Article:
by Larry Roberts

November 21, 1998

The ongoing struggle to control American big-time open-wheel racing has gone into another phase and this time to major factor affects both the Oldsmobile and Infiniti racing programs.

You might remember that a few years ago, Tony George, scion of the Hulman family that has owned the Indianapolis Speedway track since the end of World War II, decided that Roger Penske and his group of Championship Auto Racing Teams (CART) owners were taking control of the track away from the family. George also felt that CART cars and their spiraling costs were veering away from what he perceived as the purpose of Indy car racing: a goal which up-and-coming but less notable stars of the American short-tracks could strive towards. It would mean recognition and entry into The Big Time.

In pursuing this end, George got into a jurisdictional dispute with CART, tossed them out of the Indy 500 and set up his own Indy Racing League (IRL) with its own rules, regulations and most importantly, a new "spec" race car design. After its first year of existence, an IRL car had to be one of three chassis designs and powered by one of two ostensibly stock-block four liter engines, the Oldsmobile Aurora or the Infiniti (Nissan) Q45. Both powerplants are 90 degree V8s with chain-driven camshafts and no turbochargers.

Besides the Indianapolis 500 race, George lined up a schedule that included races on other big paved oval tracks around the country.

The first year was disastrous for many of the new teams. Inexperienced drivers produced a plethora of crashes, the tracks were strewn with blown engines and there was even a televised fist fight between the feisty A.J. Foyt and former Indy 500 winner, Arie Luyendyk. The Oldsmobile engine was a success but the Nissan/Infiniti was so far down on power and so unreliable that by the end of this season, only two Infiniti-powered cars were in the IRL chase and they are both back- markers.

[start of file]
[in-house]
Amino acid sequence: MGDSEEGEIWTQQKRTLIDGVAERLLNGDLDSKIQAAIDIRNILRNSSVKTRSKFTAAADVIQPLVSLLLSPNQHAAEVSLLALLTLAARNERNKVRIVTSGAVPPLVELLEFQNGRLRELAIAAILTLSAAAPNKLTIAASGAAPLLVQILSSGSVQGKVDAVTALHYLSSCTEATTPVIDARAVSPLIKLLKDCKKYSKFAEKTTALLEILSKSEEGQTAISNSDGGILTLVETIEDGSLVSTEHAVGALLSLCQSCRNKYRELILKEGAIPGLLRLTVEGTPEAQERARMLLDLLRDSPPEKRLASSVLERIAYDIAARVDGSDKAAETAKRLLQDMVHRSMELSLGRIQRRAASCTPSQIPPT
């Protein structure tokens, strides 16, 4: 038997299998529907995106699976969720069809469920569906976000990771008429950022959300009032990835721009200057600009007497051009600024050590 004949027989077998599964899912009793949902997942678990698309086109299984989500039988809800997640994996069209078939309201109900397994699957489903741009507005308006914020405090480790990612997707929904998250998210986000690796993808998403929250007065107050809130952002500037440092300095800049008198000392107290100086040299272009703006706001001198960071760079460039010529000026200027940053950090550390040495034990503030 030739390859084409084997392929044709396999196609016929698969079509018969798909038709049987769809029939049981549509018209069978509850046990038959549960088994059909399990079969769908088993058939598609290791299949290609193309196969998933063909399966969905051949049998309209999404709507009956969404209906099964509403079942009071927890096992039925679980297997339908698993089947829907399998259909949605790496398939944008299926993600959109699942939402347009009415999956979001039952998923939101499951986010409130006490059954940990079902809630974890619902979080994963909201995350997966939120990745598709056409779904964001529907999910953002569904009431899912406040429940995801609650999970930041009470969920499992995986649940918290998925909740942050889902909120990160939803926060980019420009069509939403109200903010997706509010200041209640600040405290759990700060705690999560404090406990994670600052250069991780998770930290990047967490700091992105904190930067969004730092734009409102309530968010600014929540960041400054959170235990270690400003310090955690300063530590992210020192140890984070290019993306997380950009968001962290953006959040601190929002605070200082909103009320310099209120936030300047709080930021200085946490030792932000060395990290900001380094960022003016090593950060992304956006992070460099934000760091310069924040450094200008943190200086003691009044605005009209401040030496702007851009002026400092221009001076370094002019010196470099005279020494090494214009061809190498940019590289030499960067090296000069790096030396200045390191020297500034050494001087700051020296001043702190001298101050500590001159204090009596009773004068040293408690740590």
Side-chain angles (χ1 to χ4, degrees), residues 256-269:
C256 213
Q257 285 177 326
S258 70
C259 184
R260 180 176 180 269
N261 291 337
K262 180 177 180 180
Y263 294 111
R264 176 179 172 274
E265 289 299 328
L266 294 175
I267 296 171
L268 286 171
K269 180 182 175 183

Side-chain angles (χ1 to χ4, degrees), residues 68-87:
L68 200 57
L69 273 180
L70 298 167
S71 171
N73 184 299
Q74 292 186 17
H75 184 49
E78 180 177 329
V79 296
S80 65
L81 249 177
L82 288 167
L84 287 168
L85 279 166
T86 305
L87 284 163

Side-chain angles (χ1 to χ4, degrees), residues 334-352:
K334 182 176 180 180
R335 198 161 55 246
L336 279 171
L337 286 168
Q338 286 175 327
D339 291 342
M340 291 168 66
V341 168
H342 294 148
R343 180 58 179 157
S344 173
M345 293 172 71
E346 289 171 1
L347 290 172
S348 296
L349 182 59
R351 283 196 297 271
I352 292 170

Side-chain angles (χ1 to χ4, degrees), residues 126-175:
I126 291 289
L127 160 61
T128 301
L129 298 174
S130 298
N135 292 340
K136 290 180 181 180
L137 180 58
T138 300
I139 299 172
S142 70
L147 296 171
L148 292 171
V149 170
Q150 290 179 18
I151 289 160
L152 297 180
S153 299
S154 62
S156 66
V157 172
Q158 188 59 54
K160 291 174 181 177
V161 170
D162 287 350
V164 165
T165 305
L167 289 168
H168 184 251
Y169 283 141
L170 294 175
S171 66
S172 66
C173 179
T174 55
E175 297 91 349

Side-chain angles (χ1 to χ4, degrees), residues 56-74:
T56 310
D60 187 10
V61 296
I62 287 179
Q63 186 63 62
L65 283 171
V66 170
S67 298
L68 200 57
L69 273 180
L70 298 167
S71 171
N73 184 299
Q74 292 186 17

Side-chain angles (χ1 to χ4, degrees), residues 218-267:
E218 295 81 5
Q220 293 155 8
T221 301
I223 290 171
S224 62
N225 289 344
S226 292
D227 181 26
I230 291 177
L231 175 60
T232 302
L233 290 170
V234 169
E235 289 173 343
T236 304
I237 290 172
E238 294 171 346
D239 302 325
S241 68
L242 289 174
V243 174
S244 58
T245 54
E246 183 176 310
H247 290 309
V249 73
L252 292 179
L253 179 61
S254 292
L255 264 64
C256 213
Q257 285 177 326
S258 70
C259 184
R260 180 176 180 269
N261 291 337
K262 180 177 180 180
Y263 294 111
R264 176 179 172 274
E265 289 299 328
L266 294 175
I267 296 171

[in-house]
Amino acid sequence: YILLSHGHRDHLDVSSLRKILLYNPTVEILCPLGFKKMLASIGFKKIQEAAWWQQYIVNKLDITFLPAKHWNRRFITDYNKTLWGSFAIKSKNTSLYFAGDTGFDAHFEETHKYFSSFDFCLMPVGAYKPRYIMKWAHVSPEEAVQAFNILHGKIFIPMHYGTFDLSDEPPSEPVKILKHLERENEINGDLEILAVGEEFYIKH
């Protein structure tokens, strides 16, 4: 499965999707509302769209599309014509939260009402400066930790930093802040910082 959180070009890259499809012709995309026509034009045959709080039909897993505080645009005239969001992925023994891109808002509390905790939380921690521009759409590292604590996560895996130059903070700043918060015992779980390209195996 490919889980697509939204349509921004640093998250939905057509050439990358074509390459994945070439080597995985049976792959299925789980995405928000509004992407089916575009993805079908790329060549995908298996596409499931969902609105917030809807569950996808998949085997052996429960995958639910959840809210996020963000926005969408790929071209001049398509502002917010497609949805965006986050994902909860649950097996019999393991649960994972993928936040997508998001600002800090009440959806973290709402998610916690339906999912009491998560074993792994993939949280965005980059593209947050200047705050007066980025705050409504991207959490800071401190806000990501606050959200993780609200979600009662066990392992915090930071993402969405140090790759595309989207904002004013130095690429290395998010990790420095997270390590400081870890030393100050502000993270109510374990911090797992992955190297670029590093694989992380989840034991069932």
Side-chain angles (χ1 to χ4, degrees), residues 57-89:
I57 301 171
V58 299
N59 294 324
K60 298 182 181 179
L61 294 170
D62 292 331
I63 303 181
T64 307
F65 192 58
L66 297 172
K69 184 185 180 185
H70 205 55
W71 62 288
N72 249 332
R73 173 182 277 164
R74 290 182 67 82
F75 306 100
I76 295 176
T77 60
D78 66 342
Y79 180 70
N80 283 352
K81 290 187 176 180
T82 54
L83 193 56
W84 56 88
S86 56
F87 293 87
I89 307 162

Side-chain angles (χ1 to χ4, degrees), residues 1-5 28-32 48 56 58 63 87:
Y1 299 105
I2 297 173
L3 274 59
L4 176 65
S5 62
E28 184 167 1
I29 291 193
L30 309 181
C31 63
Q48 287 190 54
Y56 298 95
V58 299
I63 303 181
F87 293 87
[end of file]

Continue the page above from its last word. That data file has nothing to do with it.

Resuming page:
I truly think that George and the IRL expected several other auto manufacturers to enter into the IRL series with production-based engines of their own. It was thought that BMW might come on board, since it has a V8 that would fit the formula. There were a couple of other European marques that were in a position to compete, but most expressed little, if any, interest. The Mercedes-Benz motorsports contact that I was finally able to talk to gave me a terse "not interested."

It's universally agreed that the schism between CART and the IRL is a bad thing: bad because it splits up sponsorship money; bad because it keeps CART drivers (arguably the best drivers in the U.S) out of the prestigious Indy 500; bad because it divides spectator loyalty; bad because it detracts from the TV appeal of both. At the last IRL race of the season at the 1.5 mile oval at Las Vegas, the stands were only a third filled and exactly half of the 28 cars entered failed to finish.

Change may be in the wind, however. Recently we received a fax from the public relations manager of the Indianapolis-based IRL. It states that for the five years between 2000 and 2004, the engine displacement of IRL race cars has been reduced from 4.0 liters to 3.5, a change relatively easily made by modifying the current Oldsmobile and Infiniti engines. In addition, newly-built engines need no longer be based on production car engines, but still must be submitted by an auto manufacturer. This should make the cars more reliable and less temperamental.

But the most interesting item came in the last line of the communique. "I have sent the details to CART for consideration for their new engine formula," said Leo Mehl, executive director of the IRL. Ford, Mercedes-Benz, Toyota and Honda are already involved in CART racing.

In that one line, I see a small but important olive branch being extended.

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